Grain-Free Diets: Good or Evil?

Mill Creek Care Tips Leave a Comment

grainGrain-Free Diets: Good or Evil?

Pet food companies have been marketing grain free diets in the past decade, and insinuate that these diets are much healthier for our pets, as though corn, wheat, and rice are harmful.  Most veterinarians have been skeptical of these marketing gimmicks.  They have made pet food companies a lot of money, but most veterinarians have been skeptical about benefit claims of these foods.  Research is indicating that not only are they not beneficial, they could be downright harmful.

New research has indicated a link between grain-free diets and a heart condition called Dilated Cardiomyopathy. This is a heart condition that causes the heart to become enlarged and walls of the heart to become thin. In-turn, the heart can not function the way it is supposed to, and eventually leads to heart failure which can be life-threatening.

In grain-free diets, the grains are replaced with legumes, which are another plant.  The most common legumes found in grain-free diets are peas, chickpeas, lentils and soybeans. The lack of grains in these diets cause a decrease in an amino acid called Taurine. Taurine is an amino acid that is found in high concentrations of the heart muscle. The lack of this amino acid in grain free diets is what newest research is indicating as being a possible link to developing heart disease.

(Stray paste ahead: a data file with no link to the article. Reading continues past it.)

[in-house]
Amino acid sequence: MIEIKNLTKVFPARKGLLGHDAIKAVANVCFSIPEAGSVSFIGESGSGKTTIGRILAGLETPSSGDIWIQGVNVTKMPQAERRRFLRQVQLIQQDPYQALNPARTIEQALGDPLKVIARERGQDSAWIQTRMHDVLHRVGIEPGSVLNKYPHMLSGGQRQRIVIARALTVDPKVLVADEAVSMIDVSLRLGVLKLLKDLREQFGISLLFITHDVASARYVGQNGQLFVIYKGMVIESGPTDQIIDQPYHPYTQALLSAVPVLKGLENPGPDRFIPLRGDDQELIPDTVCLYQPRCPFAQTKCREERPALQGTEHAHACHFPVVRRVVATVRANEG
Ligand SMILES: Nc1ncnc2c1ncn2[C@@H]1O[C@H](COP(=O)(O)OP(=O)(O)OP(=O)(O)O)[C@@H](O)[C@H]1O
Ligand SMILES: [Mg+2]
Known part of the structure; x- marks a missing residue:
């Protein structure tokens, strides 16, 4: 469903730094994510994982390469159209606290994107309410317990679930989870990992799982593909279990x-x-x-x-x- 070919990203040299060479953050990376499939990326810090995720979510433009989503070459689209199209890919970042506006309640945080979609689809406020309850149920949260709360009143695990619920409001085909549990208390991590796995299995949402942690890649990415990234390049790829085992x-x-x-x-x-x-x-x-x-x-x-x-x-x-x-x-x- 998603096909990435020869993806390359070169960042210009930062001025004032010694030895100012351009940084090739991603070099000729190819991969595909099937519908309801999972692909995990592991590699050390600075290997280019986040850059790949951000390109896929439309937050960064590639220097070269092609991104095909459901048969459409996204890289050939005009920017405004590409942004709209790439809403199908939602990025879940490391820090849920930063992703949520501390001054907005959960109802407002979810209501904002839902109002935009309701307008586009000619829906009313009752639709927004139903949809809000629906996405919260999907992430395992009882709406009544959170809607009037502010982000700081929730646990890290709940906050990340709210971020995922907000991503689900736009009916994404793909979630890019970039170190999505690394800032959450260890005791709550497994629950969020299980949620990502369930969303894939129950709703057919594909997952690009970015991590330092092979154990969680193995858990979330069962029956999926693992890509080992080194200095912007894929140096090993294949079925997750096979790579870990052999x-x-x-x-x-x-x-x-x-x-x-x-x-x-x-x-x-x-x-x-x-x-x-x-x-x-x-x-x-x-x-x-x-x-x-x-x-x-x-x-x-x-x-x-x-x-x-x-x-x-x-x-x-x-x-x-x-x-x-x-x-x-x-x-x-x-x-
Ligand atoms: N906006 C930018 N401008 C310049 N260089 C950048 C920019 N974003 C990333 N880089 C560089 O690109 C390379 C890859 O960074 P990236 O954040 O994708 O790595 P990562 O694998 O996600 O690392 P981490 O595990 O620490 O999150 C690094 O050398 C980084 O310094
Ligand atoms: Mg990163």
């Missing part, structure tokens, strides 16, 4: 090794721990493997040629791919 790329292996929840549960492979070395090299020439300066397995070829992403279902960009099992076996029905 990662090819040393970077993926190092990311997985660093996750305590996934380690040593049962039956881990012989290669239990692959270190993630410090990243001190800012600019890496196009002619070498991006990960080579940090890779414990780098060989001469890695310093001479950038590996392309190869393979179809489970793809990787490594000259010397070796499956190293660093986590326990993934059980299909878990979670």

Many times in our allergy patients, owners choose to put their pets on grain-free diets to help with clinical signs of allergies and believe that their allergies have improved. When in actuality, the allergy clinical signs have likely resolved because of the change to a novel protein (protein pet has never been exposed to before) in the diet that many limited-ingredients and grain-free diets encompass (IE: venison, rabbit, kangaroo, bison, salmon etc). Grain-allergies in dogs are very rare and majority of dogs food allergies are from the meat proteins in their diets.

Grains are a great source of proteins for your pets and do not need to be avoided. Much of this research is in the early stages but at this time, we are recommending that if your pet is on a grain-free diet to reconsider this dietary choice. Changing your pet’s diet is the most conservative action until more definitive research regarding this is emerging concern is recognized.  If you do not wish to change your pet’s diet, an echocardiogram (ultrasound of the heart) and blood Taurine levels is recommended to screen pets for changes related to Dilated Cardiomyopathy (DCM).

Dilated Cardiomyopathy is a devastating disease. Our goal is to give you the latest information on this emerging medical research so that we can keep your pet as healthy as possible.

If you have any questions about grain-free diets, switching your dogs diet or screenings for heart disease feel free to contact Mill Creek Animal Clinic.